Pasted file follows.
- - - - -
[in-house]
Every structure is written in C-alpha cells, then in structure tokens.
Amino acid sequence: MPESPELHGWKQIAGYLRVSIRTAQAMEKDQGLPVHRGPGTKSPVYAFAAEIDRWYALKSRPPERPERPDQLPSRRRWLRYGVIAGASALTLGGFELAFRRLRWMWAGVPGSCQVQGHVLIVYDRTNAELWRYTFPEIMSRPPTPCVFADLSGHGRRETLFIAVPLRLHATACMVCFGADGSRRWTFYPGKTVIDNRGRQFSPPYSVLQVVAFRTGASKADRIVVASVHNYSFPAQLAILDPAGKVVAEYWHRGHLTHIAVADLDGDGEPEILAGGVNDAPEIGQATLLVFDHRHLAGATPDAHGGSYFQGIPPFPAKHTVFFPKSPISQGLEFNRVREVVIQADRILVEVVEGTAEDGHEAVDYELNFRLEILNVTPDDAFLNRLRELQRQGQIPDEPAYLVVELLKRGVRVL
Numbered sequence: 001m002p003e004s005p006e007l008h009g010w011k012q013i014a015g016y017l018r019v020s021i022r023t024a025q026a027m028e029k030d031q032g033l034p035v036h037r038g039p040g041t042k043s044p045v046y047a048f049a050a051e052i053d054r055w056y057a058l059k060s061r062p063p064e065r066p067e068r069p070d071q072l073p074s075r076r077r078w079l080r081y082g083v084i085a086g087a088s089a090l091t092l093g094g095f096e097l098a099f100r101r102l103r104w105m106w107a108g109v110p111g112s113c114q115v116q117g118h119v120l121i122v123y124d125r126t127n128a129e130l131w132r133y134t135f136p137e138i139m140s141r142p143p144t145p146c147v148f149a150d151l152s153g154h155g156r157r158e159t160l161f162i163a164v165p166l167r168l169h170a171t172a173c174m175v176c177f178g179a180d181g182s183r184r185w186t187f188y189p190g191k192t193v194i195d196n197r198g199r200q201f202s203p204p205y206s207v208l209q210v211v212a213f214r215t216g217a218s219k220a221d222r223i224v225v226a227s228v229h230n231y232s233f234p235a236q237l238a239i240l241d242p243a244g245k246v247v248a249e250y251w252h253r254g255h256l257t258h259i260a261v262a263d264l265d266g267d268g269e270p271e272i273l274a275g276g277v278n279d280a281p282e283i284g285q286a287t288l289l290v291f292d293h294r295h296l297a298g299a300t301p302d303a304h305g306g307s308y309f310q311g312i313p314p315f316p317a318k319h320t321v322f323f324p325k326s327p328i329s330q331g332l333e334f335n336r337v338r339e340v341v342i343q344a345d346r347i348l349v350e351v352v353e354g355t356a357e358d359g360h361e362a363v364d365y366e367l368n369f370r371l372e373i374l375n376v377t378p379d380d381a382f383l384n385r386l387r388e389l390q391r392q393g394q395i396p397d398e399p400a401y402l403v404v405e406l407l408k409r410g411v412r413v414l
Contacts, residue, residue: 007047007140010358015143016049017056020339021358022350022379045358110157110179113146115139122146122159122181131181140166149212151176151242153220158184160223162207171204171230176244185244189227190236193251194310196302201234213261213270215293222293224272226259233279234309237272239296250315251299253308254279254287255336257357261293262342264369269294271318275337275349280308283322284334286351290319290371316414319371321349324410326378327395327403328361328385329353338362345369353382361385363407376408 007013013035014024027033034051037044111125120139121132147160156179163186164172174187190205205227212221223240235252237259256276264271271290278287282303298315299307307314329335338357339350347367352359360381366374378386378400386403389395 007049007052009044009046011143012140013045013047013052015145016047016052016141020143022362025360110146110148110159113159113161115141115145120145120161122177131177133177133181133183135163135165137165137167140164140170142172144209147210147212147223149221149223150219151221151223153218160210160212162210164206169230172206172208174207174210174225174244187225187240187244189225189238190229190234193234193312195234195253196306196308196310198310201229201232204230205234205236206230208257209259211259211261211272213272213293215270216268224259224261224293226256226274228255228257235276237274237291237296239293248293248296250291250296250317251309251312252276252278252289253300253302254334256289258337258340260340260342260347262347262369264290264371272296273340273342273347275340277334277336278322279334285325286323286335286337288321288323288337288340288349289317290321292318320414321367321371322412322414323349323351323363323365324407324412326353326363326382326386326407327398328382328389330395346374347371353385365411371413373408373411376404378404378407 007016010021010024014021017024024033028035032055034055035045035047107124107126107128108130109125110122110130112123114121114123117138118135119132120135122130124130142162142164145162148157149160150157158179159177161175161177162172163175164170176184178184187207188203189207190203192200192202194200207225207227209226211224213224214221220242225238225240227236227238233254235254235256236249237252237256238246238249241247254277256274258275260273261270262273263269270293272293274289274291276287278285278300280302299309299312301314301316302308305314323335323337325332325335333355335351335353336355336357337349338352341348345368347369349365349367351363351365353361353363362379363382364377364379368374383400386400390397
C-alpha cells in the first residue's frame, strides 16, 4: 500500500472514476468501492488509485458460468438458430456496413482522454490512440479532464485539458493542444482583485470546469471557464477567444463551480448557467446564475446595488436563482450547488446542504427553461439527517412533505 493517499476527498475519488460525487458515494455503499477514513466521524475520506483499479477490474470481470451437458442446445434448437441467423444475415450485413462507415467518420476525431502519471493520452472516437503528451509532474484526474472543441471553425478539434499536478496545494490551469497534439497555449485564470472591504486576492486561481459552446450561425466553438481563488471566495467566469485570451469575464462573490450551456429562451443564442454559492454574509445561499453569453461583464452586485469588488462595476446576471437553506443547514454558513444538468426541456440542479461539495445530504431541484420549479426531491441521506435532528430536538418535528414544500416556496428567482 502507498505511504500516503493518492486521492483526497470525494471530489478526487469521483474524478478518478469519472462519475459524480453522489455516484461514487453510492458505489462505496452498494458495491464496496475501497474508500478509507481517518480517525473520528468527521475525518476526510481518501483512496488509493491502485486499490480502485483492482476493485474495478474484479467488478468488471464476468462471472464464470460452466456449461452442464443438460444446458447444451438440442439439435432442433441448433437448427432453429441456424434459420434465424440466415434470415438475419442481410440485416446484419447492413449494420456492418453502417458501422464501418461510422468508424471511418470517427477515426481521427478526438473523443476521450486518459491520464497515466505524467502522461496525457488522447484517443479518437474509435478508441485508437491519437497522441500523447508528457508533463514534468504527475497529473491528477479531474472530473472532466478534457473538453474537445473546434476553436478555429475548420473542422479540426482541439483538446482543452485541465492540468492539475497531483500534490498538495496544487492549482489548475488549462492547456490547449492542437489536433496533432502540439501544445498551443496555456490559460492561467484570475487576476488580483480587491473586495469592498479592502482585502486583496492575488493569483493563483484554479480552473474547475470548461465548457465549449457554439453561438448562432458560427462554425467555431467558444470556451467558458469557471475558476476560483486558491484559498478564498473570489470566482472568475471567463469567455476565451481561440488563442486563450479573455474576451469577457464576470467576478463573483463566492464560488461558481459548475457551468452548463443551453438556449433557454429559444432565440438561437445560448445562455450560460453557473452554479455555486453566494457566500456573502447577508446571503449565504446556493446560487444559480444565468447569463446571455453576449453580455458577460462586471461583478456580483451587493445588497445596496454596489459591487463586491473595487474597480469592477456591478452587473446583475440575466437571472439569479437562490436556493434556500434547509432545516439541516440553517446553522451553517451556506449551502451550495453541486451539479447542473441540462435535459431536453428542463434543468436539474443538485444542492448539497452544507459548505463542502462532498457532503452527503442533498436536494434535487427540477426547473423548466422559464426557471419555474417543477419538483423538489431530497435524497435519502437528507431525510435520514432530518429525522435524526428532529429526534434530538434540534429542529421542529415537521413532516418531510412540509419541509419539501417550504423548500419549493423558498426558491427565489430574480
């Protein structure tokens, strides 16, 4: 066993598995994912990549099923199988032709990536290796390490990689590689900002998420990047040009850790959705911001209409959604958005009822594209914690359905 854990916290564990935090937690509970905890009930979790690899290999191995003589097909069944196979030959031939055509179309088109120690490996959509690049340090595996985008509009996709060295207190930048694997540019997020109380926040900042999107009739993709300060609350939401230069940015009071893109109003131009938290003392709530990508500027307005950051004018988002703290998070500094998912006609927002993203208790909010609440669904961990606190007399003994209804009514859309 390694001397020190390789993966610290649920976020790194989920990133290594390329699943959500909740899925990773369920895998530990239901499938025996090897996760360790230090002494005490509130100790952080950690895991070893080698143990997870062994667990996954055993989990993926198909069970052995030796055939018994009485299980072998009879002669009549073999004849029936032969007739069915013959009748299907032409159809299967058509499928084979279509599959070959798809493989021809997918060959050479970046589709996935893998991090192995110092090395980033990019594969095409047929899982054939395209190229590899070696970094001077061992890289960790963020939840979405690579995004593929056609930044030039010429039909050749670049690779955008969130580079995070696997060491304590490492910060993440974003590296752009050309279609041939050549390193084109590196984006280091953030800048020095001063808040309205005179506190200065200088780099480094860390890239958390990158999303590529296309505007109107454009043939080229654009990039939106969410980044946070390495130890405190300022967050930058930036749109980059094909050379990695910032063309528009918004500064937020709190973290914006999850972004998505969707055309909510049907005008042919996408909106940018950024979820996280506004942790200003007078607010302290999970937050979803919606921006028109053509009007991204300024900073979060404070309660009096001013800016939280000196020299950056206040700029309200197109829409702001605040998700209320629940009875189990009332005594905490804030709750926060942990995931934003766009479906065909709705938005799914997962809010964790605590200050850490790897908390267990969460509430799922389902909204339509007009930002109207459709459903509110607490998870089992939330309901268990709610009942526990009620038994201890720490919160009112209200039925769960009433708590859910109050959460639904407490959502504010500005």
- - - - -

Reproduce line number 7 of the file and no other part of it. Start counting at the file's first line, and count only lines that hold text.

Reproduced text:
């Protein structure tokens, strides 16, 4: 066993598995994912990549099923199988032709990536290796390490990689590689900002998420990047040009850790959705911001209409959604958005009822594209914690359905 854990916290564990935090937690509970905890009930979790690899290999191995003589097909069944196979030959031939055509179309088109120690490996959509690049340090595996985008509009996709060295207190930048694997540019997020109380926040900042999107009739993709300060609350939401230069940015009071893109109003131009938290003392709530990508500027307005950051004018988002703290998070500094998912006609927002993203208790909010609440669904961990606190007399003994209804009514859309 390694001397020190390789993966610290649920976020790194989920990133290594390329699943959500909740899925990773369920895998530990239901499938025996090897996760360790230090002494005490509130100790952080950690895991070893080698143990997870062994667990996954055993989990993926198909069970052995030796055939018994009485299980072998009879002669009549073999004849029936032969007739069915013959009748299907032409159809299967058509499928084979279509599959070959798809493989021809997918060959050479970046589709996935893998991090192995110092090395980033990019594969095409047929899982054939395209190229590899070696970094001077061992890289960790963020939840979405690579995004593929056609930044030039010429039909050749670049690779955008969130580079995070696997060491304590490492910060993440974003590296752009050309279609041939050549390193084109590196984006280091953030800048020095001063808040309205005179506190200065200088780099480094860390890239958390990158999303590529296309505007109107454009043939080229654009990039939106969410980044946070390495130890405190300022967050930058930036749109980059094909050379990695910032063309528009918004500064937020709190973290914006999850972004998505969707055309909510049907005008042919996408909106940018950024979820996280506004942790200003007078607010302290999970937050979803919606921006028109053509009007991204300024900073979060404070309660009096001013800016939280000196020299950056206040700029309200197109829409702001605040998700209320629940009875189990009332005594905490804030709750926060942990995931934003766009479906065909709705938005799914997962809010964790605590200050850490790897908390267990969460509430799922389902909204339509007009930002109207459709459903509110607490998870089992939330309901268990709610009942526990009620038994201890720490919160009112209200039925769960009433708590859910109050959460639904407490959502504010500005």